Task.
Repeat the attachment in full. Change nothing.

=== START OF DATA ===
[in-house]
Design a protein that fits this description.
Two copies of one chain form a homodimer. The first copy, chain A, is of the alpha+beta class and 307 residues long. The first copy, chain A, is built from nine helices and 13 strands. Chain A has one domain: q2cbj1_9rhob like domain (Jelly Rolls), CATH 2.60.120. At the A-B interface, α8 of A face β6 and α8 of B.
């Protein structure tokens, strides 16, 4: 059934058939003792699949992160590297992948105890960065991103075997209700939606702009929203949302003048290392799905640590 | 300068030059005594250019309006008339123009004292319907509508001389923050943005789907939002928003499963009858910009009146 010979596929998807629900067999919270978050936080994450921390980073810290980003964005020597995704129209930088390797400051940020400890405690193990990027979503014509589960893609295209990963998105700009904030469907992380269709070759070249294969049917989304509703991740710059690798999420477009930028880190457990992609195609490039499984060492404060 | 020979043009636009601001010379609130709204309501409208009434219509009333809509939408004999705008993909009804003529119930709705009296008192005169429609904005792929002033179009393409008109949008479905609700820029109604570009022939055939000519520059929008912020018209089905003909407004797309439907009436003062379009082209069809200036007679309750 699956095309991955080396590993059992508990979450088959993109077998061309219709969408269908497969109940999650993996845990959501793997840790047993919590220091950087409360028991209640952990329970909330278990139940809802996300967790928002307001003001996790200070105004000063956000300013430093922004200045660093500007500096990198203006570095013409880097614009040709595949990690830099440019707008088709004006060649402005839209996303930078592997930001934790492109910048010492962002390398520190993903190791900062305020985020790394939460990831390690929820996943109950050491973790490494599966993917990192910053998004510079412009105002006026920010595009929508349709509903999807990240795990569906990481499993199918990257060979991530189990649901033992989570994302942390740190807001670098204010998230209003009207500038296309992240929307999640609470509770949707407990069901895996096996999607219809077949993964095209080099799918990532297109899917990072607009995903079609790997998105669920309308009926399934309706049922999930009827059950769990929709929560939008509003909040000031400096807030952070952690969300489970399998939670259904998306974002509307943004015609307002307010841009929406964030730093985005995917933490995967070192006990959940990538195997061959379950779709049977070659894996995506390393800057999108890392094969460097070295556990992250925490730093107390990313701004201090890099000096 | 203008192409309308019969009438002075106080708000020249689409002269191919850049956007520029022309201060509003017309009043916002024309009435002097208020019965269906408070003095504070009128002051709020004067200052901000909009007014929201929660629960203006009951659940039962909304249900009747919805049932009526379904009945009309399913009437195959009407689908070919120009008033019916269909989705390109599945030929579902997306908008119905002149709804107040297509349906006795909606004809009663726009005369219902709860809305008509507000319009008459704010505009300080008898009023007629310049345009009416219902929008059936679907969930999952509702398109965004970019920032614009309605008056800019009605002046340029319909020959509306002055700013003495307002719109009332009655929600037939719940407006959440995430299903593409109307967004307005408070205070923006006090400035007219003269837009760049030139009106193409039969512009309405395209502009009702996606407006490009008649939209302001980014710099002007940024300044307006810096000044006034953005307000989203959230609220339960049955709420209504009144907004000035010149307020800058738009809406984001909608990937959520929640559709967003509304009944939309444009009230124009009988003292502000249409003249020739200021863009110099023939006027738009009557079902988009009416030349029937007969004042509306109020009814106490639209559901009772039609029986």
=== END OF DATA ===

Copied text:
[in-house]
Design a protein that fits this description.
Two copies of one chain form a homodimer. The first copy, chain A, is of the alpha+beta class and 307 residues long. The first copy, chain A, is built from nine helices and 13 strands. Chain A has one domain: q2cbj1_9rhob like domain (Jelly Rolls), CATH 2.60.120. At the A-B interface, α8 of A face β6 and α8 of B.
């Protein structure tokens, strides 16, 4: 059934058939003792699949992160590297992948105890960065991103075997209700939606702009929203949302003048290392799905640590 | 300068030059005594250019309006008339123009004292319907509508001389923050943005789907939002928003499963009858910009009146 010979596929998807629900067999919270978050936080994450921390980073810290980003964005020597995704129209930088390797400051940020400890405690193990990027979503014509589960893609295209990963998105700009904030469907992380269709070759070249294969049917989304509703991740710059690798999420477009930028880190457990992609195609490039499984060492404060 | 020979043009636009601001010379609130709204309501409208009434219509009333809509939408004999705008993909009804003529119930709705009296008192005169429609904005792929002033179009393409008109949008479905609700820029109604570009022939055939000519520059929008912020018209089905003909407004797309439907009436003062379009082209069809200036007679309750 699956095309991955080396590993059992508990979450088959993109077998061309219709969408269908497969109940999650993996845990959501793997840790047993919590220091950087409360028991209640952990329970909330278990139940809802996300967790928002307001003001996790200070105004000063956000300013430093922004200045660093500007500096990198203006570095013409880097614009040709595949990690830099440019707008088709004006060649402005839209996303930078592997930001934790492109910048010492962002390398520190993903190791900062305020985020790394939460990831390690929820996943109950050491973790490494599966993917990192910053998004510079412009105002006026920010595009929508349709509903999807990240795990569906990481499993199918990257060979991530189990649901033992989570994302942390740190807001670098204010998230209003009207500038296309992240929307999640609470509770949707407990069901895996096996999607219809077949993964095209080099799918990532297109899917990072607009995903079609790997998105669920309308009926399934309706049922999930009827059950769990929709929560939008509003909040000031400096807030952070952690969300489970399998939670259904998306974002509307943004015609307002307010841009929406964030730093985005995917933490995967070192006990959940990538195997061959379950779709049977070659894996995506390393800057999108890392094969460097070295556990992250925490730093107390990313701004201090890099000096 | 203008192409309308019969009438002075106080708000020249689409002269191919850049956007520029022309201060509003017309009043916002024309009435002097208020019965269906408070003095504070009128002051709020004067200052901000909009007014929201929660629960203006009951659940039962909304249900009747919805049932009526379904009945009309399913009437195959009407689908070919120009008033019916269909989705390109599945030929579902997306908008119905002149709804107040297509349906006795909606004809009663726009005369219902709860809305008509507000319009008459704010505009300080008898009023007629310049345009009416219902929008059936679907969930999952509702398109965004970019920032614009309605008056800019009605002046340029319909020959509306002055700013003495307002719109009332009655929600037939719940407006959440995430299903593409109307967004307005408070205070923006006090400035007219003269837009760049030139009106193409039969512009309405395209502009009702996606407006490009008649939209302001980014710099002007940024300044307006810096000044006034953005307000989203959230609220339960049955709420209504009144907004000035010149307020800058738009809406984001909608990937959520929640559709967003509304009944939309444009009230124009009988003292502000249409003249020739200021863009110099023939006027738009009557079902988009009416030349029937007969004042509306109020009814106490639209559901009772039609029986």